And every day – EVERY DAY – is like a great reunion. As soon as they spot me, they come running, ready for high fives and hellos. The ones who know me from last year latch onto me and don’t let go until the last possible minute. The ones who came from other schools were quick to join in on the fun and share with me their English repertoire. One girl’s lines include (whether I’ve greeted her or not), “Nice to meet you, too. What colour do you like?”. One of my favourites from last year (I’ve blogged about him), makes little horns with his fingers and storms away, shouting “I’m angry”, regardless of his mood at the time. A certain group of girls start saying Korean words (the ones they know I know) and giggle like children (yeah I know) when I repeat them. Another group bows and greets me, and practically cry with laughter when I do the same.

After a few minutes of spreading the foreigner joy, I attempt to enter the toilet. Now, you know that scene in <insert name of zombie movie here> where the damsel-in-distress runs into a room and tries to shut the door on the zombies while the bang and scratch away? Now, replace the movie name with “toilet break”, picture me as said damsel and instead of zombies, the cutest kids you can imagine. I’m yet to figure out why they don’t just come inside. Thank goodness for respecting the rules.

And now I have no idea why I took the time to type out this story. Oh well.

***

I’m having so much fun building relationships with these kids. A lot of them are now confident enough to speak to me, and many will drag friends along to translate for them if need be. I have nicknames for many of them (and now that I can read Hangul it’s a lot easier to learn their names).

Before and after class, many will come up to me and quiz me on their names, or teach me one or two new ones. I can keep them entertained for ages by switching their names around, or swopping the syllables around, or calling them by my name.

Last year, I christened one of my daycare kids ‘Tongajelly’ (which is how he pronounced “Tom and Jerry”). I used T&J as a reward if they all finished their tasks in good time. Tongajelly would come into the classroom, already whining for Tongajelly. He went through a few weeks of refusing to do anything else, sulking away while crumpling up worksheets or just sitting there. The sweetest part was when he saw that his classmates were having fun and enjoying the activity – he’d flatten out the piece of paper and do whatever activity, all the while whining for Tongajelly.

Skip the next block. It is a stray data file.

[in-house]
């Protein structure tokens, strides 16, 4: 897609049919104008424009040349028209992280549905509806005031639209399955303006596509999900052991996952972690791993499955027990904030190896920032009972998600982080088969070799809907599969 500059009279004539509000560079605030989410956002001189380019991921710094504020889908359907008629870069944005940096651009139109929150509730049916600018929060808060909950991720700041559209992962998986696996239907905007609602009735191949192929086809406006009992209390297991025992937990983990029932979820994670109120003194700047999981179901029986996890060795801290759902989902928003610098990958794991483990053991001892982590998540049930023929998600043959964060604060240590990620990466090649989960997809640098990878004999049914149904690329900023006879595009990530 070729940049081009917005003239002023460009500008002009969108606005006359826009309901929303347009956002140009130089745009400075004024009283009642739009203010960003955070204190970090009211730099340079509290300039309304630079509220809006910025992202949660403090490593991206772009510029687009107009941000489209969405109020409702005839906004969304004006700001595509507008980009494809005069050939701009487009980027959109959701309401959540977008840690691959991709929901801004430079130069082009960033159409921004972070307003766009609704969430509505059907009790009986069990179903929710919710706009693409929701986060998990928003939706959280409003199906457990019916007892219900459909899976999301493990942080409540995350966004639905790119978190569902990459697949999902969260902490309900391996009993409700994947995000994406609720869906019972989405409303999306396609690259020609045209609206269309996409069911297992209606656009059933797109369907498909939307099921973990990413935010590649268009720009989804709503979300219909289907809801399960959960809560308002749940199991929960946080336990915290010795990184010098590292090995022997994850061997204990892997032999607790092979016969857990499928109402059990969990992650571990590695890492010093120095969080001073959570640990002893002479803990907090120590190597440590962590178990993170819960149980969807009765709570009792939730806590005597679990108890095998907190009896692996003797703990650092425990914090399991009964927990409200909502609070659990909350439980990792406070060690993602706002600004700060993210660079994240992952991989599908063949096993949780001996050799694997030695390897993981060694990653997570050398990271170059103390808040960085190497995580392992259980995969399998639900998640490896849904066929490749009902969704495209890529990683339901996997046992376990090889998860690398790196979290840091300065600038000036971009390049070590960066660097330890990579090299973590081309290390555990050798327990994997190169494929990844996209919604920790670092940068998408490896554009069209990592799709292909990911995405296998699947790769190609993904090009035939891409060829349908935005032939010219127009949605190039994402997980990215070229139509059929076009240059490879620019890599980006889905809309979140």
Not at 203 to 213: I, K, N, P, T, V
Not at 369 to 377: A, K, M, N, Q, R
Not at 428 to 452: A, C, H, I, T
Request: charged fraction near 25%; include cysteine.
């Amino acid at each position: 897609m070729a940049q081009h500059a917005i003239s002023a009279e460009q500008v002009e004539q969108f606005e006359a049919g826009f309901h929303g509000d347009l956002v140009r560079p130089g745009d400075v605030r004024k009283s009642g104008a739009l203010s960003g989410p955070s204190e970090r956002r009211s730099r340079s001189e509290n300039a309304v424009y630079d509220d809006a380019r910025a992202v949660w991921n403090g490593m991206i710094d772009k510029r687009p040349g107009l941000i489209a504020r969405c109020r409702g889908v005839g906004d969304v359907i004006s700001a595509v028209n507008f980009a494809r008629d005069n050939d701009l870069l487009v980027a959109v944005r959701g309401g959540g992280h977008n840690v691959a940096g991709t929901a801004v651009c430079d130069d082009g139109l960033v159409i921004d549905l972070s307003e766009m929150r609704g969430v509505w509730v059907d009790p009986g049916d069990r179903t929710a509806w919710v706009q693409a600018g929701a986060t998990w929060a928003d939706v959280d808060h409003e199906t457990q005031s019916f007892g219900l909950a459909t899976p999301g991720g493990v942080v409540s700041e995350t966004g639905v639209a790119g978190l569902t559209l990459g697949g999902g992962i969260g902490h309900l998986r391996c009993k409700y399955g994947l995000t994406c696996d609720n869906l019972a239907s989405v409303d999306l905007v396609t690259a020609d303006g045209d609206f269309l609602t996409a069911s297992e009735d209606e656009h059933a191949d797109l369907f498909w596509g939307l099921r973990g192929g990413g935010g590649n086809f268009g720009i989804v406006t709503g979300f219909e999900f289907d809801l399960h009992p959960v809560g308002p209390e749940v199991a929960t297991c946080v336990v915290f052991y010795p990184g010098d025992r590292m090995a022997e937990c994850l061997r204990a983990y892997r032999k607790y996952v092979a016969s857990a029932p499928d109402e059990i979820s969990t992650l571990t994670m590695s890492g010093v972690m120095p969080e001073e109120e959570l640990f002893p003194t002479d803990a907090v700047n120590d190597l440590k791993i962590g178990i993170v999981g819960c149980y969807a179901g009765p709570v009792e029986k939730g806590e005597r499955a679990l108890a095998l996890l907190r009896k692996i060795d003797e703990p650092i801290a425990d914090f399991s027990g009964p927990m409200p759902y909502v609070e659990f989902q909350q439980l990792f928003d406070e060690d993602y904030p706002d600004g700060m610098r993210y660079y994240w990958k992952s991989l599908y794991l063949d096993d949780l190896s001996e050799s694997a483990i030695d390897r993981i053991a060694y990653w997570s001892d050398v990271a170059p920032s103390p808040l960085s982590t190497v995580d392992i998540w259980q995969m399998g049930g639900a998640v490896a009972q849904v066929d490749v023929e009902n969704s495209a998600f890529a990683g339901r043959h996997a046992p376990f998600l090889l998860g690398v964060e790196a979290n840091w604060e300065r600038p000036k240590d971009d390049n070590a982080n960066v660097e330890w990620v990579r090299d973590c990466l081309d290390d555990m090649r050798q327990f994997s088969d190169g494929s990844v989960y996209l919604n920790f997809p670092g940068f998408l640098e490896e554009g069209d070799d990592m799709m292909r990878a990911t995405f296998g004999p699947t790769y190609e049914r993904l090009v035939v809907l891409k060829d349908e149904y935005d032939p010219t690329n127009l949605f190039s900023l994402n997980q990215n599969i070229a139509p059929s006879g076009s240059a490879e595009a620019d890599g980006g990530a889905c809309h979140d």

He didn’t realise that this was his nickname for the longest time, and when it finally hit him, he was so bashful. It was clear that he valued being singled out, but didn’t like a big deal being made of him.

This year, he’s in grade 3, so he’s in formal English classes. He’s turned into such a lovely kid. He chooses to sit in the front of the classroom, and he’s one of very few who have been on top of things since the very beginning. He participates like few others and he is just generally an awesome kid to have around. He’s picked up that I’m learning names as I go along, and he makes a point of telling me his name whenever he gets the chance. I’ve known his name for ages, so I comfortably switch out different syllables with ‘Tongajelly’ whenever we speak. One day soon it’ll wear off, but until then, Kim Dong Tongajelly will provide endless entertainment.

It’s moments like these that help me get through the day. I can’t exactly make small talk with the kids, so mucking up their names is about the best I can do. And as long as they smile and come back for more, I have no plans to change this.

***

Dull moment? Where?

If only I could have put every little anecdote to date into words…

Any teacher would tell you that there is never a dull moment when it comes to the classroom. Yes, there are those moments when you want to pull out your hair, but thankfully these are nicely neutralised by the times you can only smile and nod. Maybe even shake your head to disguise a smile that really shouldn’t be spreading across your face.

Two weeks ago, I commented on Facebook about teaching my daycare group the days of the week. Daycare consists of grades 1 and 2, so their English is just starting to take root – more so if they attend private tutoring (hagwons or academies).  A lot of them have been exposed to some level of English and their vocabulary is steadily growing, but pronunciation… oh, pronunciation, you evil, evil thing!

Back to daycare. So we’re going through the days of the week. As any Christian would, I naturally started with Sunday (so does the song they learned, so don’t you come lecture me). I say the day, they repeat after me. Easy! Sunday. Sunday. Monday. Monday. Tuesday. Oh dear. Chooozday is about as close as they get. I’m good with that. For some, it’s their first try. Wednesday. Wennnnnnsday. I try and get them to pronounce less of the letter ‘n’, but no luck. We move on. Thursday.  First-day. I let this one go. I’m just happy it’s not Pirst-day; at least we’re getting somewhere with phonics. Last one. How bad can it be? I’m all nice about it and break it up into syllables. Sa. Tur. Day. I make them say each syllable individually. No problem. Right? So let’s put them all together. Saturday. Sexurday. Saturday. Sexurday. Sa. Tur. Day. Sexurday. Over and over and over. Eventually I gave up, started singing a random song, just so it would be appropriate for me to break into a very entertained laugh.

Since then, we’ve made progress. Not only do they know the order of the days, but they can pronounce them well (for the most part).

Though I’m sure many would agree (and in fact many did on Facebook), Sexurday is the best day of the week!

***

Today something happened that stood out, too.

On Wednesdays I teach two kindergarten classes. Not my favourite part of the week by a long shot. 30 little kids running around (seriously, as soon as one is contained, five more jump up and go nuts). No English. No co-teacher. And they hit one another. And cry. All the time. I don’t do crying kids!